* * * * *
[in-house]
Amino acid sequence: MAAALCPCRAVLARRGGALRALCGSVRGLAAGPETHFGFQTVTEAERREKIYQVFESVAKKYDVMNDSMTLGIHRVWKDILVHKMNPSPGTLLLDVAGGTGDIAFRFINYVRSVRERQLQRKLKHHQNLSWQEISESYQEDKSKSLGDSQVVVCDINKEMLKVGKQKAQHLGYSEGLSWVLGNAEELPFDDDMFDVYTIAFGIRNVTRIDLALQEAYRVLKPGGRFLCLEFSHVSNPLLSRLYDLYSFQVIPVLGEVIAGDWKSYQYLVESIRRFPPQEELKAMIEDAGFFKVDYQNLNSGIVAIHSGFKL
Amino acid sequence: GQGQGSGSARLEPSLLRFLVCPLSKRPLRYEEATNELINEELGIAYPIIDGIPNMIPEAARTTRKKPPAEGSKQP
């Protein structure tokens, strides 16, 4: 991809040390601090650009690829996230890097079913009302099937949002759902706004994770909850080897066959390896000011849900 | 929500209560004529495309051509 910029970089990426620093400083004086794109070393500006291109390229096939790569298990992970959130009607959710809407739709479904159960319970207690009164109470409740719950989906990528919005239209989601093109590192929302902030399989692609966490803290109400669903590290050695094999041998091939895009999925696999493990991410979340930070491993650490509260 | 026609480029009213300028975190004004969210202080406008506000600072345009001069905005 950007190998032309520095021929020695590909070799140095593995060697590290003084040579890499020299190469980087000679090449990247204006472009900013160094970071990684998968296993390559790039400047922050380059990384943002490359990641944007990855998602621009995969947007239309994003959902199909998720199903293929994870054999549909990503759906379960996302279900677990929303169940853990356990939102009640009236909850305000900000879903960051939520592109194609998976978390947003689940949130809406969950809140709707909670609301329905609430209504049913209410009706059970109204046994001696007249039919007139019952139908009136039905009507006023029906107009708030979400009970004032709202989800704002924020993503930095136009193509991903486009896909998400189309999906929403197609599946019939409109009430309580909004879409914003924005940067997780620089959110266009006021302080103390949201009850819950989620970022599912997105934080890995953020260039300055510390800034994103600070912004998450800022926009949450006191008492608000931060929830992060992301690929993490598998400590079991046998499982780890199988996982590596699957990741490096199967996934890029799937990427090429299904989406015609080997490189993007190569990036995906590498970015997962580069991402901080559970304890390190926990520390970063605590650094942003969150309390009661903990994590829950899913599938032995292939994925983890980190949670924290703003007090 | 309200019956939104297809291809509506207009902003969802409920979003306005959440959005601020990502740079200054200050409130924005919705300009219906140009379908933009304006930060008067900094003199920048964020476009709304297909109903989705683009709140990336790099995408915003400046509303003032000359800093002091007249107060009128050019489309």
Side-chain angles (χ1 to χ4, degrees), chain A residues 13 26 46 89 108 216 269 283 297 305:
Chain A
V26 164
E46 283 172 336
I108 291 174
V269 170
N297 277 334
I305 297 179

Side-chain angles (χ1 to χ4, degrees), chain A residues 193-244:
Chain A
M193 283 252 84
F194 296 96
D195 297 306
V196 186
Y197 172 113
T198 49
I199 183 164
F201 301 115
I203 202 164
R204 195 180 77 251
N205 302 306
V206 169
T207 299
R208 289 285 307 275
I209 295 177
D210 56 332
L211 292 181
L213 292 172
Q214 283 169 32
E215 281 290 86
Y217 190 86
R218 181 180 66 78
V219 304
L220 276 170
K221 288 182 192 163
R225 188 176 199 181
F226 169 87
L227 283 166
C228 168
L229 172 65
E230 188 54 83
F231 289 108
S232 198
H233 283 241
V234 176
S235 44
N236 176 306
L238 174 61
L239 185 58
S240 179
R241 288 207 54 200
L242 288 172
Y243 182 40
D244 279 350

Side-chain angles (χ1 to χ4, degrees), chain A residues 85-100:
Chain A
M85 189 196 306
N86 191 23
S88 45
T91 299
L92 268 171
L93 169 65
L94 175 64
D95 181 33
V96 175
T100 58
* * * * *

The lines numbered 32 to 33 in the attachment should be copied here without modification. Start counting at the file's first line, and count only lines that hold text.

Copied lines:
L213 292 172
Q214 283 169 32